Floridata Plant Encyclopedia

A Floridata Plant Profile 92 Quercus virginiana

Common Names: live oak Family: Fagaceae (beech Family)
Image Gallery

Live oak catkins
In early Spring the "tardily deciduous' live oak tree sheds last season's leaves, blooms and then bud out with the current season's foliage.
Live oak catkins
The live oak catkins color the tree a yellow green and dangle in the breezes dusting pounds of pollen in all directions.

Description

The live oak is a huge and noble evergreen broad-leaf tree with large, spreading, nearly horizontal branches and thick, leathery, oval, dark green leaves. The bark is dark red-brown to gray and deeply furrowed, eventually becoming blocky. The flowers, typical of oaks, are catkins that hang down 2-3". They appear in very early spring and dust the countryside with yellow pollen. Brownish-black acorns about an inch long mature in the autumn of the same year on the current season's twigs. The acorns are sweet and edible. Live oaks are often festooned with Spanish moss, resurrection fern and other epiphytes.

Location

Live oak, Quercus virginiana, is native to the SE coastal plain from Virginia to Texas, and in Cuba and isolated locales in Mexico. It grows best in fertile hardwood hammocks with moist, but sandy and well-drained soils.


Culture

Light: Grows in partial shade or full sun. Moisture: Likes moist, well-drained soil. Established trees are very drought tolerant. Hardiness: USDA Zones 8 - 11. Propagation: Seeds (acorns).

Usage

Probably the ultimate southern shade tree. It also is grown widely as an avenue tree, set about 90' apart. Live oak tolerates auto exhaust and forms stately "canopy roads" in southern cities. A majestic and very beautiful southern American tree.

live oak
Live oak limbs grow horizontally and often touch the ground as they reach for light.

Features

Live oak is a fast-growing, yet very long-lived tree. Its life is measured in centuries. The wood is very hard and strong. Dried live oak wood weighs 55 lbs. per cubic foot, making its wood among the heaviest of any tree in North America. There is no better wood for fuel or for charcoal cooking. During the hey-day of wooden sailing ships, the US navy bought large tracts of live oak for the exclusive use of the government's ship builders. The massive, durable arching limbs were sought for ship's ribs and knees. The live oak is the state tree of Georgia.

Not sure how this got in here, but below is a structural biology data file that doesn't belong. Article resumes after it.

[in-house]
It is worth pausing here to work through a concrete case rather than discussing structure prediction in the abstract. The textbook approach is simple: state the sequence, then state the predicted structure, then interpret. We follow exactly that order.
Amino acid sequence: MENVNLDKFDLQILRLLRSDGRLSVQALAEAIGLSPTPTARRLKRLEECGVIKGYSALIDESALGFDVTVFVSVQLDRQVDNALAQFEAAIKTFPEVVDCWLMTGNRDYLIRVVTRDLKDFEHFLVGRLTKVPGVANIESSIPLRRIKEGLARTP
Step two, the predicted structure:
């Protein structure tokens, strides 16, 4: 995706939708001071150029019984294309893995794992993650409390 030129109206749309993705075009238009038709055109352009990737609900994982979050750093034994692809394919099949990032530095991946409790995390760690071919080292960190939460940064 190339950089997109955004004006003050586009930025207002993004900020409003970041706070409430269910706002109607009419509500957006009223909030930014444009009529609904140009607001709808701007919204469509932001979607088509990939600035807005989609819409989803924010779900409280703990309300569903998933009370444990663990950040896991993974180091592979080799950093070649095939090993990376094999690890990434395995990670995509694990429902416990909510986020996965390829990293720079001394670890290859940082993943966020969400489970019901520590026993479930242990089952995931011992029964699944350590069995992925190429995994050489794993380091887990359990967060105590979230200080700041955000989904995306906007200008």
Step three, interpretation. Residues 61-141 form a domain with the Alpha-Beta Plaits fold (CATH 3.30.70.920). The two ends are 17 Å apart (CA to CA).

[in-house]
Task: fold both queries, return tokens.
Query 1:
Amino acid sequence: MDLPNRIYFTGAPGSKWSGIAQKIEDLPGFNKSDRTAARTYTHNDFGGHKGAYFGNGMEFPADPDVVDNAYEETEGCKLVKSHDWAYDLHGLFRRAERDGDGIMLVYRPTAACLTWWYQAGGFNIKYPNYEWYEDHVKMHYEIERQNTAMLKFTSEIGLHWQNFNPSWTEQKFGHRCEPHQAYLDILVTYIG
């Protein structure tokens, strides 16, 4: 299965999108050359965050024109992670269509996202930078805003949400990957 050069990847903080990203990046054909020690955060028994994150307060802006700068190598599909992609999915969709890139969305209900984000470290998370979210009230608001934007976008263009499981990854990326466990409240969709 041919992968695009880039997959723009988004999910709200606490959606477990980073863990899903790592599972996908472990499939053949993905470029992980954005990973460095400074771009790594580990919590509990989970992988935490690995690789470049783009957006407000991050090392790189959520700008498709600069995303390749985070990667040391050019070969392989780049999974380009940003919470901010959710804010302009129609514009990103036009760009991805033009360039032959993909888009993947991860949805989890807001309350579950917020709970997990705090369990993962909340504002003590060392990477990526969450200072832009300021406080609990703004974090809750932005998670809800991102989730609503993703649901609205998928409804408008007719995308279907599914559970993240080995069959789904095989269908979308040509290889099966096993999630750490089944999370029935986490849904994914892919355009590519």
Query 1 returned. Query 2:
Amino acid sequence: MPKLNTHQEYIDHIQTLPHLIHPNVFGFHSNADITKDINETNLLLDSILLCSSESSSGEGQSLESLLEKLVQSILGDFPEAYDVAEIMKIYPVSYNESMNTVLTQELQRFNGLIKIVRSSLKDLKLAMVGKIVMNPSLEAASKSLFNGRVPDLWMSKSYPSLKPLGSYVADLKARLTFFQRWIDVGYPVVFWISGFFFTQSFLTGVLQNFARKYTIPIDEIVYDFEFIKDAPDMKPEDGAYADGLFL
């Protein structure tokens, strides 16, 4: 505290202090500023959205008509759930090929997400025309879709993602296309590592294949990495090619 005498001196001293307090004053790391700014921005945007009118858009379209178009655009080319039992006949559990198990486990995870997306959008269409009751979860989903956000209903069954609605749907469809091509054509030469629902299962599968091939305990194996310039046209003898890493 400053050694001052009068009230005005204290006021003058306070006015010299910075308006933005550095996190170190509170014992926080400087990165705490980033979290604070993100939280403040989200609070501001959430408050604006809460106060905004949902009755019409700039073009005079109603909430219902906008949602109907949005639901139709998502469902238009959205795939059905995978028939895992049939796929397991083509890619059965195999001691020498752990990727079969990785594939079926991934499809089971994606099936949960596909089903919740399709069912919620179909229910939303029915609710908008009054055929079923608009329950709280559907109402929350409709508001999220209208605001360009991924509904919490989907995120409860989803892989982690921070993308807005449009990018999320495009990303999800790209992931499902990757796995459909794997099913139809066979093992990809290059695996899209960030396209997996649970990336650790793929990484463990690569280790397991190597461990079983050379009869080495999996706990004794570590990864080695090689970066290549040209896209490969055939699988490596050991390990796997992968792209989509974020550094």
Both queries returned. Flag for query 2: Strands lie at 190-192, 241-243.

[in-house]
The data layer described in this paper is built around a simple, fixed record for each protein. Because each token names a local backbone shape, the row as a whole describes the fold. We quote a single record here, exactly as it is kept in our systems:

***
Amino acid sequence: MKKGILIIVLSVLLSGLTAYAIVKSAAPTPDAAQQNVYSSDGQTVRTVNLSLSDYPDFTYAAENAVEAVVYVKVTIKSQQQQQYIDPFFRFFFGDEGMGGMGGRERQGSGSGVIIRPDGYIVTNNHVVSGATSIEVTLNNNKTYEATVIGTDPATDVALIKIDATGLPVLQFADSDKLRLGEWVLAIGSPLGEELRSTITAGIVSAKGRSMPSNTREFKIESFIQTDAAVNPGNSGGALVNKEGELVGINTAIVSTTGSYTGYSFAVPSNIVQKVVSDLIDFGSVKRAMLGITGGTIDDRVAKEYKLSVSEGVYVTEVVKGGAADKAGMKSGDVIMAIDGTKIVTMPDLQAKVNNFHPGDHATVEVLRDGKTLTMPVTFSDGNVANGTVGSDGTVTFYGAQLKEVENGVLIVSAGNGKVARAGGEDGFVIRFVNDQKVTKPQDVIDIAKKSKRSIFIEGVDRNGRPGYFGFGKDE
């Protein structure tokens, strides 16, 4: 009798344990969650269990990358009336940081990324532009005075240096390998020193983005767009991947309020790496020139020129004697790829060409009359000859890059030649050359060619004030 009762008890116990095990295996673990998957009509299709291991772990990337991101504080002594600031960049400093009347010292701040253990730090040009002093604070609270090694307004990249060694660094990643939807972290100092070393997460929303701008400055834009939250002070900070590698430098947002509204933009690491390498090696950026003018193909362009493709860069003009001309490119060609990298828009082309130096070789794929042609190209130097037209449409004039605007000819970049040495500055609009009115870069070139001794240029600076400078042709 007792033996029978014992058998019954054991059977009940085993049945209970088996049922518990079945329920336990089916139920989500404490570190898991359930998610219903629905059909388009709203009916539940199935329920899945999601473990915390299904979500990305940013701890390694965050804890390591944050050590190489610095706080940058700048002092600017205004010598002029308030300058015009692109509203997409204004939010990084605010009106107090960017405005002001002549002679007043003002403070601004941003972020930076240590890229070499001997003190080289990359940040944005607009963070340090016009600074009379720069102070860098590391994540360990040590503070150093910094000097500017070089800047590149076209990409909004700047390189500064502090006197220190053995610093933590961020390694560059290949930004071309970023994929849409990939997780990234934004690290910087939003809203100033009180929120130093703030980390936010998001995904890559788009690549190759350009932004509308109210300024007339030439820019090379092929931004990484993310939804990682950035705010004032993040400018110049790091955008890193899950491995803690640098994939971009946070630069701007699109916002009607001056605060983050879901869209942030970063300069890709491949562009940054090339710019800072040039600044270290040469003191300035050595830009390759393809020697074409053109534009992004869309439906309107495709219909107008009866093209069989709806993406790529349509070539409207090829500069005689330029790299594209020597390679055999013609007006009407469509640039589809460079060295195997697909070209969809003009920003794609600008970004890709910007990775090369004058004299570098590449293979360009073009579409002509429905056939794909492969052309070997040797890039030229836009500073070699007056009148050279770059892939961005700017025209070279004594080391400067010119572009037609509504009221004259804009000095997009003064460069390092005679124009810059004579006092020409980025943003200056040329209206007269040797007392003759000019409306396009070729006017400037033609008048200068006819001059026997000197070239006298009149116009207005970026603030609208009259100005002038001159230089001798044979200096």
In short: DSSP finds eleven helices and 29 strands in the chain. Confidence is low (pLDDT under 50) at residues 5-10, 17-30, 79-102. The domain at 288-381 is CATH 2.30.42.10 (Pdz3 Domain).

Warning

Do not underestimate how large a live oak can become. Give them ample space!

Steve Christman 5/10/97; updated 1/8/00, 1/28/01, 1/6/02, 1/13/02, 3/30/05



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Quercus species profiled on Floridata:


Quercus acutissima

( sawtooth oak )

Quercus alba

( white oak )

Quercus bicolor

( swamp white oak )

Quercus cerris

( Turkish oak, Turkey oak )

Quercus coccinea

( scarlet oak )

Quercus falcata

( southern red oak, Spanish oak )

Quercus geminata

( sand live oak )

Quercus hemisphaerica

( laurel oak, upland laurel oak, damn laurel oak )

Quercus imbricaria

( shingle oak, northern laurel oak )

Quercus laevis

( turkey oak, blackjack oak )

Quercus macrocarpa

( bur oak, mossycup oak )

Quercus michauxii

( swamp chestnut oak, basket oak, cow oak )

Quercus muehlenbergii

( chinkapin oak, yellow chestnut oak, chinquapin oak, yellow oak )

Quercus nigra

( water oak, spotted oak, possum oak )

Quercus nuttallii

( nuttall oak )

Quercus palustris

( pin oak, Spanish oak, swamp oak )

Quercus phellos

( willow oak )

Quercus prinus

( chestnut oak,rock chestnut oak,rock oak,basket oak,tanbark oak )

Quercus robur

( English oak, pedunculate oak, truffle oak )

Quercus rubra

( northern red oak )

Quercus shumardii

( Shumard oak, Shumard red oak )

Quercus velutina

( black oak, quercitron oak, yellowbark oak, yellow oak )

Quercus virginiana

( live oak )

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